Probe into land allocations for tourism development implicates former Minister Hamat Bah

Hamat Bah

The National Assembly’s Petition Committee, led by Hon. Suwaibou Touray, conducted a thorough investigation and found evidence that supports the allegations against former Minister of Tourism and Culture Hamat N K Bah for interfering with allocating prime lands within the designated tourism development area.

After tabling its findings before parliament last week, the petitions committee exposed how the previous minister in charge of tourism personally granted exemptions on payments meant for state coffers by foreign companies like Kaijaung Holdings Ltd, the priority leisure group, and MOAB, among others. Thus, the government was denied much-needed finances through the GTBoard.

The Committee advised the Finance and Public Accounts Committee (FPAC) to oversee the establishment of an independent commission to investigate land allocation to investors in TDA since 2017. A quantity surveyor should be appointed to review project applications, advise on the total investment quoted, and ensure accurate costing based on land size.

The Committee further advised FPAC to conduct thorough research and compile a comprehensive report on the revenues obtained from the levies, including how they were used.

It has also been established that the Honourable Minister has been interfering in the allocation of land within the TDA and has been giving directives to the director general to implement contain intervention, which has caused the GTBoard to lose revenue in the allocation of prime lands in the TDA as the Honourable Minister waived some revenues that the Board should have collected for no justified reasons,” NA Petition Committee highlighted in its Report before Deputies.

“The following are some of the interferences of the Honourable Minister that have cost the GTBoard some lost in revenue: waiving of 3% of the 5% levy that Kaijiang Holding Group Ltd. A letter was received from MoTC to GTBoard directing that 2% of the $750 000 should be taken as a TDA deposit fee from the investor and waiving the 3% levy. This means the GTBoard will only receive $ 300,000 and stand to lose $ 450,000. The Cabinet approved this 5% levy, and if there should be only a reduction on the rates for any investor, it should be tabled at the Cabinet, which we doubt was the case in this matter,” the reports say.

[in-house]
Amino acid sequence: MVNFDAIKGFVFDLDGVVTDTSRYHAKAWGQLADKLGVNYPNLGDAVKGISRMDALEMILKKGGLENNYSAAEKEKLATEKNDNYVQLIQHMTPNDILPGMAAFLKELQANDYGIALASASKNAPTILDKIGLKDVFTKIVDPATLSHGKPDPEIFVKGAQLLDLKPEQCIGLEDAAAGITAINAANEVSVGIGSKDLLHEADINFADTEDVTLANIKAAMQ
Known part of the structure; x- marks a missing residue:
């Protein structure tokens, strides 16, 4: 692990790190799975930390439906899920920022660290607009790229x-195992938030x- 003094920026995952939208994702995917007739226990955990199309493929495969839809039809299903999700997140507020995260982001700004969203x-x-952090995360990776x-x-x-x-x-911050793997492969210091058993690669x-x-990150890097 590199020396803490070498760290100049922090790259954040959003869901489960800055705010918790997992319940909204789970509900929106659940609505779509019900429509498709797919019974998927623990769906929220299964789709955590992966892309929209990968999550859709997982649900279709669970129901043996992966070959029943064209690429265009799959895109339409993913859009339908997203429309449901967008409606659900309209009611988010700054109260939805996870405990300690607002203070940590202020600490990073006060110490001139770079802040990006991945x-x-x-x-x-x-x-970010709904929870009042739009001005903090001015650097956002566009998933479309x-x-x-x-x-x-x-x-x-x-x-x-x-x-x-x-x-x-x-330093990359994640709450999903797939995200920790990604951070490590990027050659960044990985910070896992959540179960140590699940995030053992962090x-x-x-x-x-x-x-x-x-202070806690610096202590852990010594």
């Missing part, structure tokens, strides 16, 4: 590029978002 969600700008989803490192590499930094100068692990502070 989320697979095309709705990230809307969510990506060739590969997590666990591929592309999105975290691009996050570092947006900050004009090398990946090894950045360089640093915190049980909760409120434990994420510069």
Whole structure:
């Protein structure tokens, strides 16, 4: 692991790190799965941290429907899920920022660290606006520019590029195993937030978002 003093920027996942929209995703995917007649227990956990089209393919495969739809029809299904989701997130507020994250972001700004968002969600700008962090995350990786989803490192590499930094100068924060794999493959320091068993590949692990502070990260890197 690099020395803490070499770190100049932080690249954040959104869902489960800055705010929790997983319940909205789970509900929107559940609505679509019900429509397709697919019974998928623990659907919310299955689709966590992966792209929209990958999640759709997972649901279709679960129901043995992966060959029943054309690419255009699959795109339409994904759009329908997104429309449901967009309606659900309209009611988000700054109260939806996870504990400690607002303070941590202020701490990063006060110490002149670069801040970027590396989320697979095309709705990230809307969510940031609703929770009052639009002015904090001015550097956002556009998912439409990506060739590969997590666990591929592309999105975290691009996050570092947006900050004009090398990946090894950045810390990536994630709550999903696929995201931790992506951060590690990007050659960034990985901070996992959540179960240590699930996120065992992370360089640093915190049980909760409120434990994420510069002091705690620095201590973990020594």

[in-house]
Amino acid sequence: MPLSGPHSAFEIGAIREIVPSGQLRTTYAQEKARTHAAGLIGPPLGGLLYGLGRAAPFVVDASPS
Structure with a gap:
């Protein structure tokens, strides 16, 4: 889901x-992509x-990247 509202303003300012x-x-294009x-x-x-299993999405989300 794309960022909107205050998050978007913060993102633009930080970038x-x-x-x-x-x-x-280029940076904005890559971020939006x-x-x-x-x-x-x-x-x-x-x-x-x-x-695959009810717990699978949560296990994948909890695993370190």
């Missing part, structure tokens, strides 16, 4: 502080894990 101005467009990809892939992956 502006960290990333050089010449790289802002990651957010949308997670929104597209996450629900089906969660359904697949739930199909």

The Petition Committee also uncovered that Hon. Hamat N K Bah has also interfered in the allocation of another prime land within the TDA to MOAB Capital Investors, who were supposed to pay $200 000 as a 5% TDA deposit, revealing that this deposit has never been paid even though their lease document was issued contradicting the land allocation process.

The Priority Leisure Group of investors needs to be reviewed in terms of payment for the 5% levy as the total cost of investment amounting to D27.5 million, which is seen to be below the amount to pay the levy, which is causing the GT Board to lose revenue. This company should be investigated more for the fact that the list of the shareholders as per the requirement was not indicated and was allocated an enormous land measuring 107m x 75m x 42m x 47m x 76m at the center of the TDA(prime land)at the Duplex area.” NA Petition Committee further disclosed in its Report

The Report seen by TAT indicates: “The transaction involving this company also involves a relative (daughter) who participated in the board meeting during this process. More investigation is needed on the land issued to MOAB Capita Ltd. The investor acquired a lease before paying the 5% levy, which was only paid after the petition. If the petition was not done, the GT Board may not have received the $200,000 development levy.”

The Committee further recommended that the Cabinet should set up a Lands Committee that will include the following sectors: GT Board, Lands Office, National Environment Agency, and Geology Unit, to ensure that allocation of land in the TDA is adequately vetted to avoid duplication and ensure sectoral collaboration, adding that the Select Committee on Regional Government, Lands, Ombudsman and IEC and the Select Committee on Tourism, Culture, Youth, and Sports should monitor this and report back to the Assembly within six months.

“As per the cabinet approval of the 5% development levy, the Minister of Tourism and Culture should not have the discretion to waive the levy for any investor. The Governing Body should make all land allocations, not the Ministry of Tourism and Culture. If there needs to be any waiver, the Governing Body must engage in a cost-benefit analysis and justify further approval by Cabinet,” the NA Petition Committee submitted.

Leave a Reply